HHS amends PREP Act declaration increasing workforce authorized to administer monkeypox vaccines
The U.S. Department of Health and Human Services (HHS) Secretary Xavier Becerra today amended the Public Readiness and Emergency Preparedness Act (PREP Act) declaration for smallpox medical countermeasures to expand the categories of providers authorized to administer vaccines and therapeutics against smallpox, monkeypox virus, and other orthopoxviruses in a declared emergency.
“As our supply of JYNNEOS vaccine steadily increases, we are now exceeding demand in all 50 states," said HHS Assistant Secretary for Preparedness and Response Dawn O'Connell. “By expanding the pool of providers who can administer monkeypox vaccines, we can increase equitable access for people at high risk for monkeypox infections who have not yet had an opportunity to get vaccinated."
This declaration expands the types of providers who, with outlined training and supervision, are covered persons authorized to administer vaccines and therapeutics against smallpox (variola virus), monkeypox virus, and other orthopoxviruses, in addition to the professionals already licensed or authorized under their state laws to administer these vaccines and therapeutics. The list of authorized providers now includes:
- advanced or intermediate emergency medical technicians,
- licensed or certified professional midwives,
- nurses, advanced practice registered nurses, registered nurses, licensed practical nurses,
- pharmacy interns, pharmacy technicians,
- physician assistants,
- respiratory therapists,
- veterinarians, and
- recently retired healthcare professionals and students of the listed professions.
Subject to certain limitations, a covered person is immune from suit and liability under federal and state law with respect to all claims for loss resulting from the administration or use of a covered countermeasure if a declaration under the PREP Act has been issued with respect to such countermeasure.
All authorized providers must administer all countermeasures in accordance with all relevant requirements and recommendations of CDC, and consistent with the scope of the U.S. Food and Drug Administration's (FDA's) approval, authorization, and any applicable expanded access requirements of FDA's protocol.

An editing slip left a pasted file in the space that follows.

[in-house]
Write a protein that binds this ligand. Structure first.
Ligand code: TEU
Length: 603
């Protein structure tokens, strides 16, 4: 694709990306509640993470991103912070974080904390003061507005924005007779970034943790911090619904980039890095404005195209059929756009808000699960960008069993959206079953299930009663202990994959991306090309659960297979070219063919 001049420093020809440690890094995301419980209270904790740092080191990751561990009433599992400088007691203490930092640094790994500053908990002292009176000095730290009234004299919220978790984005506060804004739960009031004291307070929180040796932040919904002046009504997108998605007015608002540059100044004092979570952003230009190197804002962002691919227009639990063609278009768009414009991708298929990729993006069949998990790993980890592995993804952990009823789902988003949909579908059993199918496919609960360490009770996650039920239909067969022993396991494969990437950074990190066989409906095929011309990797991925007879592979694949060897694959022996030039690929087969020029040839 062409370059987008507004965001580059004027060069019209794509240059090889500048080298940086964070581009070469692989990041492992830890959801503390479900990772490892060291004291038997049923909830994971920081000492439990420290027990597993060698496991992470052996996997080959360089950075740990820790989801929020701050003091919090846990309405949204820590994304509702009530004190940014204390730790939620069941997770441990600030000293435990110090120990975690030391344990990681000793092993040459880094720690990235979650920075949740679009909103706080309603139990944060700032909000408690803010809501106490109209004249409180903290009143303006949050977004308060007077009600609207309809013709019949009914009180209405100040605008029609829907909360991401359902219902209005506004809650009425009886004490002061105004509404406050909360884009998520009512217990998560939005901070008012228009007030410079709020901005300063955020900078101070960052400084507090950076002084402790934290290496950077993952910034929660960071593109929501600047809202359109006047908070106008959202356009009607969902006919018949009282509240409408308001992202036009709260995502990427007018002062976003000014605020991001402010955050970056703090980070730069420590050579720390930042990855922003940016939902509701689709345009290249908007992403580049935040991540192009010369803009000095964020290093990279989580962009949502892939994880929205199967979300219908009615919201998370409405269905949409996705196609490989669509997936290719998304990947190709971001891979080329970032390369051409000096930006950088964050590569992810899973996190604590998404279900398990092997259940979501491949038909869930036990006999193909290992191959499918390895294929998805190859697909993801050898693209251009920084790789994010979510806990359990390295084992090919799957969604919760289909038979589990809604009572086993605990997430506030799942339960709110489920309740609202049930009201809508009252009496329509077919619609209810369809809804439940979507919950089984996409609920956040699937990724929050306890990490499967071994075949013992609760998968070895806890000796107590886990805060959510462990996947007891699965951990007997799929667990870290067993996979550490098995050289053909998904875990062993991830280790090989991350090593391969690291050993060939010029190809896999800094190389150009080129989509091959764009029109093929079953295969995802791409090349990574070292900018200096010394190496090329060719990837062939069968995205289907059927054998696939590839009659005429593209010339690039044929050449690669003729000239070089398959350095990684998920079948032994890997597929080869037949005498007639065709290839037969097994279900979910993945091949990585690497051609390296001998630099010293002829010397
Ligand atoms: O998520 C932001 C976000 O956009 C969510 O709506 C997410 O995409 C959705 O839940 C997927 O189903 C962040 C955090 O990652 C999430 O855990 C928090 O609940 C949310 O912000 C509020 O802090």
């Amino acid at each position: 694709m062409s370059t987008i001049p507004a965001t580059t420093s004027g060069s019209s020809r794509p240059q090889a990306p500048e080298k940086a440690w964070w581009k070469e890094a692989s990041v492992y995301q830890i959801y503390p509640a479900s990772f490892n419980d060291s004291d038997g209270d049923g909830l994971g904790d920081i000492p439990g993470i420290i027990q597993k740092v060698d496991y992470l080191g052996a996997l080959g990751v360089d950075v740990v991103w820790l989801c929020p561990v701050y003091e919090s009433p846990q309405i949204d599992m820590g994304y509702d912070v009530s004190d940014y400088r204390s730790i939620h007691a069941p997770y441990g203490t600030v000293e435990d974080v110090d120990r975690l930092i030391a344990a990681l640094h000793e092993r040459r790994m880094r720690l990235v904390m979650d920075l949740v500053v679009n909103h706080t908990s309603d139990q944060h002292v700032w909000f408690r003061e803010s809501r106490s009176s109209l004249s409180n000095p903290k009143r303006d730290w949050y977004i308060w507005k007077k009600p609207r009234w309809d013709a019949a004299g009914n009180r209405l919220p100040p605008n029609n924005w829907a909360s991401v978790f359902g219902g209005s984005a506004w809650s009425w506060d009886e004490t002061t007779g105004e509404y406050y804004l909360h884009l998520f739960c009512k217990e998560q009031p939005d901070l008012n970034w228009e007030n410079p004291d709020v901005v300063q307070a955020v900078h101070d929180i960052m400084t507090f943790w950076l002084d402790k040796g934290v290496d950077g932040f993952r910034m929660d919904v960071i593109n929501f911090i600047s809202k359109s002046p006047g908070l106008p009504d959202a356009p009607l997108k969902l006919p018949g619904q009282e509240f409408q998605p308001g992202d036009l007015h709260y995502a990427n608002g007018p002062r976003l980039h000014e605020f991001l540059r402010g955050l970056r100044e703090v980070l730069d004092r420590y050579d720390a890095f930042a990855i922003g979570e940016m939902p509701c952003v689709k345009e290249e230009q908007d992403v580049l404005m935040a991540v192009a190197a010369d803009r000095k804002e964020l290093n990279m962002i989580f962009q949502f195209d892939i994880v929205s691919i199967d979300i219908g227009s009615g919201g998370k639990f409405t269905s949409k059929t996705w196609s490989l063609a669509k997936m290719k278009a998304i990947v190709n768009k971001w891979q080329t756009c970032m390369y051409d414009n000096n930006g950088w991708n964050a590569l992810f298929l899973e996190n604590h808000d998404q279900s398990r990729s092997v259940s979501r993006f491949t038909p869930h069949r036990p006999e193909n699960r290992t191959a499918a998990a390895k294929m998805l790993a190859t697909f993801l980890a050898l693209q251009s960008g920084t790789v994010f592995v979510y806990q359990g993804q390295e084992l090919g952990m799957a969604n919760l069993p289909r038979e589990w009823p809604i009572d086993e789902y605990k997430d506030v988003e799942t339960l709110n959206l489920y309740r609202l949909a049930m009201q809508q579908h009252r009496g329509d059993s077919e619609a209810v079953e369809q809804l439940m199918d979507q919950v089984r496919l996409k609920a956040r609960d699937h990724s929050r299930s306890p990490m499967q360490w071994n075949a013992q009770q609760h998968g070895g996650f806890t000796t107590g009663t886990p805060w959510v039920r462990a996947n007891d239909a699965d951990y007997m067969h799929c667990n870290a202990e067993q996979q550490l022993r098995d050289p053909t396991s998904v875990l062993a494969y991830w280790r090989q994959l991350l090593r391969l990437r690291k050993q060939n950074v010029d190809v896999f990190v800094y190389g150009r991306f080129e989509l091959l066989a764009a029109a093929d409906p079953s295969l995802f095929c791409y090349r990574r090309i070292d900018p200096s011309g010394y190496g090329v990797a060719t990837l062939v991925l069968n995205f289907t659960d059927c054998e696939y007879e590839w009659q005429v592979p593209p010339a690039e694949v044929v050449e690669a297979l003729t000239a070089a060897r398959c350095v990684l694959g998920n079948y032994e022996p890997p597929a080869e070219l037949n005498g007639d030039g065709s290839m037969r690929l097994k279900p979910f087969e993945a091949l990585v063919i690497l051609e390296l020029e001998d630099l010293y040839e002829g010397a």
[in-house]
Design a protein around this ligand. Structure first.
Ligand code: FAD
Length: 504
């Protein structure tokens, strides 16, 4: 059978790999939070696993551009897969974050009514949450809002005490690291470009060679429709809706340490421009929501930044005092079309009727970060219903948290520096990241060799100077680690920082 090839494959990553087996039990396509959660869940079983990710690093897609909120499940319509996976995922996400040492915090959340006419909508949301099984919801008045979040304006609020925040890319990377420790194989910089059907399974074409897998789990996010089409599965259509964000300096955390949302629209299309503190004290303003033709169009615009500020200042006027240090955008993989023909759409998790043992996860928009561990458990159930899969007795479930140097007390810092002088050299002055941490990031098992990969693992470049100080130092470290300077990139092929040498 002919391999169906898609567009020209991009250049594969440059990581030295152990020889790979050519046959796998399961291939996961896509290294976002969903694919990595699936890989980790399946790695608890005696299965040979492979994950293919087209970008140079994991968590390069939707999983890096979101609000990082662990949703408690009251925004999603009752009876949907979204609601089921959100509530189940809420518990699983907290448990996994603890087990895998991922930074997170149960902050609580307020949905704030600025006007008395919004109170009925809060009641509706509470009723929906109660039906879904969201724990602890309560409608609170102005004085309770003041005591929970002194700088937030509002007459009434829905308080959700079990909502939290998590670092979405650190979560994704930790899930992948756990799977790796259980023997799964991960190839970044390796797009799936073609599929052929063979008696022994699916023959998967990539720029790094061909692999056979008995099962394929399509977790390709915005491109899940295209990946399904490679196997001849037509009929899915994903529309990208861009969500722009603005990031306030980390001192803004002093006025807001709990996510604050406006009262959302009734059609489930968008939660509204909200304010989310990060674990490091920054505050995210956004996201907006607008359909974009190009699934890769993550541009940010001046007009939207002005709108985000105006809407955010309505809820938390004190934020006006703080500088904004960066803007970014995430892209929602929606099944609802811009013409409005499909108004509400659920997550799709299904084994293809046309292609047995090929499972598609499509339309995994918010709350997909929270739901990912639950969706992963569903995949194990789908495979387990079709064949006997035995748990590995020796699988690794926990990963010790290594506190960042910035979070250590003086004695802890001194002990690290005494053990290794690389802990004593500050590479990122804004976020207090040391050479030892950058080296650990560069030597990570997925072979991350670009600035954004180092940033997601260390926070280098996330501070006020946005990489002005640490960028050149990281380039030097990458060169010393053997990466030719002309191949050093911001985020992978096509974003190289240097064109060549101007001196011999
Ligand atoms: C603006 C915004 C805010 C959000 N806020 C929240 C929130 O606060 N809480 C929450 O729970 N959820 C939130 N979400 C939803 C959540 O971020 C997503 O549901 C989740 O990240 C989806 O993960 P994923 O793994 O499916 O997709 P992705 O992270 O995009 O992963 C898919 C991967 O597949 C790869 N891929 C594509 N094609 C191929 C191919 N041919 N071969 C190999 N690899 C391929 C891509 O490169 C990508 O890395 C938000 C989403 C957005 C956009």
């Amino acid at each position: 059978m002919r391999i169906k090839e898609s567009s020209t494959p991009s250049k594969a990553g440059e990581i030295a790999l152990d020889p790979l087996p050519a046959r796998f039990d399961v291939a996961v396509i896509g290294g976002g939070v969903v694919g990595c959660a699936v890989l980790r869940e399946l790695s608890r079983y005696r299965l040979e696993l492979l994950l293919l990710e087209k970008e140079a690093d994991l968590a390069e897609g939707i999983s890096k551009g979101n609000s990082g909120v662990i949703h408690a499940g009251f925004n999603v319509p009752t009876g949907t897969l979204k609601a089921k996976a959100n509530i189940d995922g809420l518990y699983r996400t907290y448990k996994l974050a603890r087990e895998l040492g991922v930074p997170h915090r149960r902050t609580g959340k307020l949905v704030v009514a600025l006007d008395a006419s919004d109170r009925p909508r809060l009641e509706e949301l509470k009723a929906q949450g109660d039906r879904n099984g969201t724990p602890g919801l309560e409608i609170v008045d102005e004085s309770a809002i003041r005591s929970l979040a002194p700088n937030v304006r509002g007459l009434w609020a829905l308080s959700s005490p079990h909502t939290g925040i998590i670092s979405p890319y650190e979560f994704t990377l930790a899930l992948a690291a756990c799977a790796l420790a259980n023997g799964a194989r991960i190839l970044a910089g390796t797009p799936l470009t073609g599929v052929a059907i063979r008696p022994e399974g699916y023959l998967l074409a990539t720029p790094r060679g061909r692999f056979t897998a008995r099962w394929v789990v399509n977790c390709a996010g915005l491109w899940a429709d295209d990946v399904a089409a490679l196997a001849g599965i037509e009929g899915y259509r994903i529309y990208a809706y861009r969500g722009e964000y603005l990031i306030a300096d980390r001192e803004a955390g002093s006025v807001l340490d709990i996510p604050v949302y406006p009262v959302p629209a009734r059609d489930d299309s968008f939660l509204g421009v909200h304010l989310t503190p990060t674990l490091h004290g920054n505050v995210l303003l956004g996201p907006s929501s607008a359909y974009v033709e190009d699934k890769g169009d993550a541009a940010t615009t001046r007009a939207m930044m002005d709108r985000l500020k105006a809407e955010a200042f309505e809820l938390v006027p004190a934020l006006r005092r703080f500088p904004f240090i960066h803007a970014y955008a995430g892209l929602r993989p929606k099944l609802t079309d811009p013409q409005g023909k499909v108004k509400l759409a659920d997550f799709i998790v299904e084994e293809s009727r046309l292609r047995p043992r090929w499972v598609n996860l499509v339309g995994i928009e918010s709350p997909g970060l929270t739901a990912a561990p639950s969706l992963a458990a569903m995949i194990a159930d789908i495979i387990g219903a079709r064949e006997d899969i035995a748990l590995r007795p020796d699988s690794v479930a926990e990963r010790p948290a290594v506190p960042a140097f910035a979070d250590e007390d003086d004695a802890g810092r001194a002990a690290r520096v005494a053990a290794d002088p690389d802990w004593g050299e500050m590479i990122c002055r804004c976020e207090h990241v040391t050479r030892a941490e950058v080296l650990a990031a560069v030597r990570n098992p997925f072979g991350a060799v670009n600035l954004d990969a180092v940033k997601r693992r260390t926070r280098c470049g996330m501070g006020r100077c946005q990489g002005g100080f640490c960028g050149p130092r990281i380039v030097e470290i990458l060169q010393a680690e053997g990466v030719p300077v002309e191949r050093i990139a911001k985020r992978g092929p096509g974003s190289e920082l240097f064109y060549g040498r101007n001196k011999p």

The amendment announced today also:
- Makes explicit that the declaration applies to public health threats arising from smallpox (variola virus), monkeypox virus, and other orthopoxviruses. In 2008, the HHS Secretary issued a declaration under the PREP Act for smallpox medical countermeasures which was amended in 2016 to provide liability coverage for “smallpox countermeasures against variola virus or other orthopoxviruses” – which includes monkeypox.
- Extends the effective time period of the declaration to December 31, 2032. This extension allows coverage for manufacturers, distributors and other covered persons through that date.
- Allows coverage for administration of countermeasures by subcutaneous, intradermal, or intramuscular injections, dermal/percutaneous scarification, orally or intranasally in response to a declared emergency by authorized qualified persons to be extended during the relevant emergency or December 31, 2032, whichever occurs first. A declared emergency can be any federal, state, regional, or local declaration.
The amended declaration can be found in the Federal Register and answers to frequently asked questions about the monkeypox Prep Act can be found on ASPR's website.
Jurisdictions across the country have ordered approximately 835,700 vials of the approximately 1.1 million vials of JYNNEOS vaccine HHS had allocated to prevent monkeypox.
Also at the request from jurisdictions, ASPR has distributed approximately 38,000 patient courses of the drug TPOXX to treat patients infected with monkeypox, particularly those with severe disease, or at risk for severe disease, such as immunocompromised, and pediatric cases. TPOXX is approved to treat smallpox and is only available under an expanded access investigational new drug protocol to treat monkeypox infections.